John Charles Hunt's early education was at Parramatta North Public School and then, as already mentioned, he attended Newington College where, at the end of 1872, when he was sixteen years old, he passed quite a few subjects. In 1873 he returned to his Father's property at Dural and became a successful orchardist, growing citrus and summer stone-fruits. His Father, George Thomas, had bought the “Obella” sheep station in 1868 and “Burdenda” in 1873 and it is assumed that he spent a good deal of his time out there, leaving John to look after the Dural property. Two of John's older brothers (George Henry and Richard) were schoolmasters and took up their vocations as soon as they finished their education. George Henry, who taught at Ryde lived at Dural in a separate house on the family estate and his association with the Dural Methodist Church went well into the 1890s. Richard went off to teach in the country, but then left teaching and went to manage “Obella” and “Yoorooga”. John's other older brother Thomas went to “Burdenda”. His other brother, Alfred was five years younger and, no doubt, still at school. So the Dural property became the home and the responsibility of John Charles.
It is interesting to know that the Dural district had been settled as early as 1819 because of its good farming land. A recent article in The Sydney Morning Herald states that about 160 million years ago the Wianamatta shales were laid down and subsequent events have transformed this into excellent soil-a soil far more fertile than the Hawkesbury sandstone based soil in much of Sydney area. More recently-perhaps only 2 million years ago-the earth just north of Sydney did a bit of a joggle and, among other things, created the plateau on which Dural sits, covered by its rich dark soil. There are still farmers at Dural, but a large part of the land is now occupied by luxury homes of city business men on their two hectare or larger allotments.
On 29th May 1879, when John was almost twenty-three years old he married Annie Maria Golledge, whose family lived in George Street, Parramatta. They had nine children, five sons and four daughters. The eldest was Aubrey Charles who remained on the Dural farm and managed it after his parents left to live at “Currawong” at North Parramatta. Then came the four girls, Dora Marion who died young, Gertrude, who later married Reg Roughley, Emma Greer who married Spen Manton, and Nellie Mildred who married Reg Wearne.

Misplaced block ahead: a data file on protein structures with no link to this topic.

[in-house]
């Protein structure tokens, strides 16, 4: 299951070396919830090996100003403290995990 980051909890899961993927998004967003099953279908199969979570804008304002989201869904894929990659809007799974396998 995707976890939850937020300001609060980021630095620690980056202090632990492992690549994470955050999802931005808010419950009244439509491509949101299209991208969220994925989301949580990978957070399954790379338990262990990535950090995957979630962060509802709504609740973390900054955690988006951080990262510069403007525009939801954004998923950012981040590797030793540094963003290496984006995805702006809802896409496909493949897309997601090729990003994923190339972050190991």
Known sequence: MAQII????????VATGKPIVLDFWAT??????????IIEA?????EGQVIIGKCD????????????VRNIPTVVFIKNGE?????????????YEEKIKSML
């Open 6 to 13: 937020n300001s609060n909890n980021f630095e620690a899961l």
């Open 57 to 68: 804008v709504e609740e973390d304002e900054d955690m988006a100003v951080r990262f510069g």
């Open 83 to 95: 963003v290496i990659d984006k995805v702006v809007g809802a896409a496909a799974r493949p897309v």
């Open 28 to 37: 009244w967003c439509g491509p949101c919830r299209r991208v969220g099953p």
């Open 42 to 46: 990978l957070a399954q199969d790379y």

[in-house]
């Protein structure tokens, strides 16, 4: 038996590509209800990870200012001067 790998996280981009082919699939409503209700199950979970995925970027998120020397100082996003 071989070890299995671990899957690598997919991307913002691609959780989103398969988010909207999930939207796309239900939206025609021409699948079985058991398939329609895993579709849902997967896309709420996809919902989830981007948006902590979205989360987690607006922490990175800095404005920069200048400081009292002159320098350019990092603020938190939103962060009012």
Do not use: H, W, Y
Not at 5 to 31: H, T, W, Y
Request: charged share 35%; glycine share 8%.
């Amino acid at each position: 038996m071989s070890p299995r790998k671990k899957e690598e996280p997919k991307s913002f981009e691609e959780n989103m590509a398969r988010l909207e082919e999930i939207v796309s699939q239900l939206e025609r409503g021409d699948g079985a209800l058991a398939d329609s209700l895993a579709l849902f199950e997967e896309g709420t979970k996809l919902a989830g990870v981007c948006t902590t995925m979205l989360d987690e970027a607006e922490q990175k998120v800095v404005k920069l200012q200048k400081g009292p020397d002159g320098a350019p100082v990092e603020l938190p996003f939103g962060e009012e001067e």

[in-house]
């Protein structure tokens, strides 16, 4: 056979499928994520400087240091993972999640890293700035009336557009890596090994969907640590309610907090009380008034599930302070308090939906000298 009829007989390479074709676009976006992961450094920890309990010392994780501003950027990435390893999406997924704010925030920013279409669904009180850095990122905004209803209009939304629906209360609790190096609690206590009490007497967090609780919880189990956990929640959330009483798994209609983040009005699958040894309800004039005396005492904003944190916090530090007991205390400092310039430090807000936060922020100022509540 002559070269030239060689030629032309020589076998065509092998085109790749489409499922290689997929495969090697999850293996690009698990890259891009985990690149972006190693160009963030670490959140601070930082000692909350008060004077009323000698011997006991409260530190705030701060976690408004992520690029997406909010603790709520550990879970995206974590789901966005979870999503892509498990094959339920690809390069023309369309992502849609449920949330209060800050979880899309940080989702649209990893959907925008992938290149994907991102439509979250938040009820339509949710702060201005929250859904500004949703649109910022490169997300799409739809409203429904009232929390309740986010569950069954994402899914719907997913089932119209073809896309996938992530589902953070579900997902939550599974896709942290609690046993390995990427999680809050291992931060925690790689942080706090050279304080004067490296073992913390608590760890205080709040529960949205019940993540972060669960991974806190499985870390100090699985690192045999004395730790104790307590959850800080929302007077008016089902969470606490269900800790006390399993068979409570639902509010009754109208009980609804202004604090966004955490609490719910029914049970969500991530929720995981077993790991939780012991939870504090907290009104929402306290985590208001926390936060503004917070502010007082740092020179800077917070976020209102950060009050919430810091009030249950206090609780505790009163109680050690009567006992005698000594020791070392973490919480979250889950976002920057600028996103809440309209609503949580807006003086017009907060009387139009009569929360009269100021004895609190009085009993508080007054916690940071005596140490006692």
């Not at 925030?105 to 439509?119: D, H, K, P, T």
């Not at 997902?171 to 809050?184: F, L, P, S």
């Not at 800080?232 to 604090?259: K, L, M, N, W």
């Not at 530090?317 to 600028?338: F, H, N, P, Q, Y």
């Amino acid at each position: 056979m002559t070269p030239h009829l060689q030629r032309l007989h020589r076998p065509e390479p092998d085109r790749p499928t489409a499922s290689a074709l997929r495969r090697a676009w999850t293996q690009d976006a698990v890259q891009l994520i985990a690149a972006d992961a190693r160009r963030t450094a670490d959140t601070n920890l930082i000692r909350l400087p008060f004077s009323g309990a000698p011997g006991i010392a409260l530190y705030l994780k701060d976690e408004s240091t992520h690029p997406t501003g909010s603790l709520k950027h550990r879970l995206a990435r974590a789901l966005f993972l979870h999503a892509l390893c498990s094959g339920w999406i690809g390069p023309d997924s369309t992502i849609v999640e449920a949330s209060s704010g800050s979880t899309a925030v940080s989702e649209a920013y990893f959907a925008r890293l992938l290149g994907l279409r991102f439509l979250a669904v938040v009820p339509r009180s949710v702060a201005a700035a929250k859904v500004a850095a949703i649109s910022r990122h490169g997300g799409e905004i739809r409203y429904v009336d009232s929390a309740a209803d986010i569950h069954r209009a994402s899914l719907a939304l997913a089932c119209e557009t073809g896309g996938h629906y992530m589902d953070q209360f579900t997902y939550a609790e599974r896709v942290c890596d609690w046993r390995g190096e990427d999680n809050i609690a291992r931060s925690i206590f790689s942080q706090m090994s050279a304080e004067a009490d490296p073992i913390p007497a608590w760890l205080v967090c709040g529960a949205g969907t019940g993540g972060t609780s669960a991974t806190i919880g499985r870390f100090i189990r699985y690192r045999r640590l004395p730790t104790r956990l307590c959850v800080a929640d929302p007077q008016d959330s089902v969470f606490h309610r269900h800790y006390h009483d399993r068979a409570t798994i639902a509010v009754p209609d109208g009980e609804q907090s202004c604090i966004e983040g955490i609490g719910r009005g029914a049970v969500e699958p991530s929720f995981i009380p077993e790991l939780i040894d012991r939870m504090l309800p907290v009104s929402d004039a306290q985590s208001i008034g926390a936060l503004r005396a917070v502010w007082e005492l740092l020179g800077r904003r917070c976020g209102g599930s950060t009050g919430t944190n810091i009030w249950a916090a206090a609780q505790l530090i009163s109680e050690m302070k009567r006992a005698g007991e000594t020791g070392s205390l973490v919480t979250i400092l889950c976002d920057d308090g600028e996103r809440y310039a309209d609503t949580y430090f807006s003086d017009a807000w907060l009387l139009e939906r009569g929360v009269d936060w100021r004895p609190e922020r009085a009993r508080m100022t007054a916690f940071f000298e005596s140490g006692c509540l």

After the girls came George Thomas, named after his Grandfather. George was born on 11th November 1889. He was my Father, and as previously narrated, married Nellie Pegler, my Mother. Next to be born to John and Annie Maria was John Morris (after whom I was named) and who was killed in action in France during the First World War. Next to arrive was Kenneth and the final member of the family was Noel Richard Golledge Hunt.
As earlier mentioned, my recollections of John Charles Hunt are from my very early years. I recall them visiting us at Kulnura and us visiting them at Terrigal where they frequently holidayed. Every year we made the long trek from Kulnura to Parramatta at Christmastime and the usual routine was to have Christmas Dinner at midday at “Currawong” with a great tribe of relatives on the Hunt side of the family. There are quite a few photos of those gatherings still remaining and they show the family clustered around Grandfather and Grandmother Hunt like bees in a swarm! An interesting comment on John Charles Hunt was made recently by my old friend, Rex Burns. In his early days it was very common for people to have “nick-names”, but John hated to be called “Jack” and insisted on “John” even within the family circle. It has also been reported that he was rather definite in his views and quick-tempered when crossed. Apparently he regularly quarrelled with his brother Tom at Hunt Bros meetings and sometimes had to be restrained by other brothers and nephews from coming to blows. Although I remember him as a benign old grandfather at Christmas gatherings I am aware that his “word was law” in the family circle and great care was taken by family members to avoid upsetting him.